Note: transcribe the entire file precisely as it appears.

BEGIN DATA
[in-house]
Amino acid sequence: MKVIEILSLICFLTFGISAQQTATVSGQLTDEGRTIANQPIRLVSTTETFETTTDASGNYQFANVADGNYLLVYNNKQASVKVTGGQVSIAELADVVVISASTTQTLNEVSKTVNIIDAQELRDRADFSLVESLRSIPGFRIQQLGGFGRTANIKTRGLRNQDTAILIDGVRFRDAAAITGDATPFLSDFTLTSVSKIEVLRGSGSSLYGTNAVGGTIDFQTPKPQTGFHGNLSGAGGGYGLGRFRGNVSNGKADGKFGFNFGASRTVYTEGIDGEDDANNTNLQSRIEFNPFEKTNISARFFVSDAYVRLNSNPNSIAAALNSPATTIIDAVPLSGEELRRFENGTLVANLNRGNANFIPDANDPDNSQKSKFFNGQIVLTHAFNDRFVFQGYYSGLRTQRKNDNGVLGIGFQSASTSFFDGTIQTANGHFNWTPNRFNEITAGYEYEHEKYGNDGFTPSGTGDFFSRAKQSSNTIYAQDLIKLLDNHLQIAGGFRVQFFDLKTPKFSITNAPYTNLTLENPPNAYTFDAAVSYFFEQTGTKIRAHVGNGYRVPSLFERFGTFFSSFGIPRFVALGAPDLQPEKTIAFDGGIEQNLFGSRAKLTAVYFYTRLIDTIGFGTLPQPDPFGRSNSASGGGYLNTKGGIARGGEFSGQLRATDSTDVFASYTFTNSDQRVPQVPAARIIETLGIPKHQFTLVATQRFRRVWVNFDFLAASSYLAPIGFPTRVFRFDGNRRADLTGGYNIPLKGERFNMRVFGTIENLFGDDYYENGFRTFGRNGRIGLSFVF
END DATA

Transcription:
[in-house]
Amino acid sequence: MKVIEILSLICFLTFGISAQQTATVSGQLTDEGRTIANQPIRLVSTTETFETTTDASGNYQFANVADGNYLLVYNNKQASVKVTGGQVSIAELADVVVISASTTQTLNEVSKTVNIIDAQELRDRADFSLVESLRSIPGFRIQQLGGFGRTANIKTRGLRNQDTAILIDGVRFRDAAAITGDATPFLSDFTLTSVSKIEVLRGSGSSLYGTNAVGGTIDFQTPKPQTGFHGNLSGAGGGYGLGRFRGNVSNGKADGKFGFNFGASRTVYTEGIDGEDDANNTNLQSRIEFNPFEKTNISARFFVSDAYVRLNSNPNSIAAALNSPATTIIDAVPLSGEELRRFENGTLVANLNRGNANFIPDANDPDNSQKSKFFNGQIVLTHAFNDRFVFQGYYSGLRTQRKNDNGVLGIGFQSASTSFFDGTIQTANGHFNWTPNRFNEITAGYEYEHEKYGNDGFTPSGTGDFFSRAKQSSNTIYAQDLIKLLDNHLQIAGGFRVQFFDLKTPKFSITNAPYTNLTLENPPNAYTFDAAVSYFFEQTGTKIRAHVGNGYRVPSLFERFGTFFSSFGIPRFVALGAPDLQPEKTIAFDGGIEQNLFGSRAKLTAVYFYTRLIDTIGFGTLPQPDPFGRSNSASGGGYLNTKGGIARGGEFSGQLRATDSTDVFASYTFTNSDQRVPQVPAARIIETLGIPKHQFTLVATQRFRRVWVNFDFLAASSYLAPIGFPTRVFRFDGNRRADLTGGYNIPLKGERFNMRVFGTIENLFGDDYYENGFRTFGRNGRIGLSFVF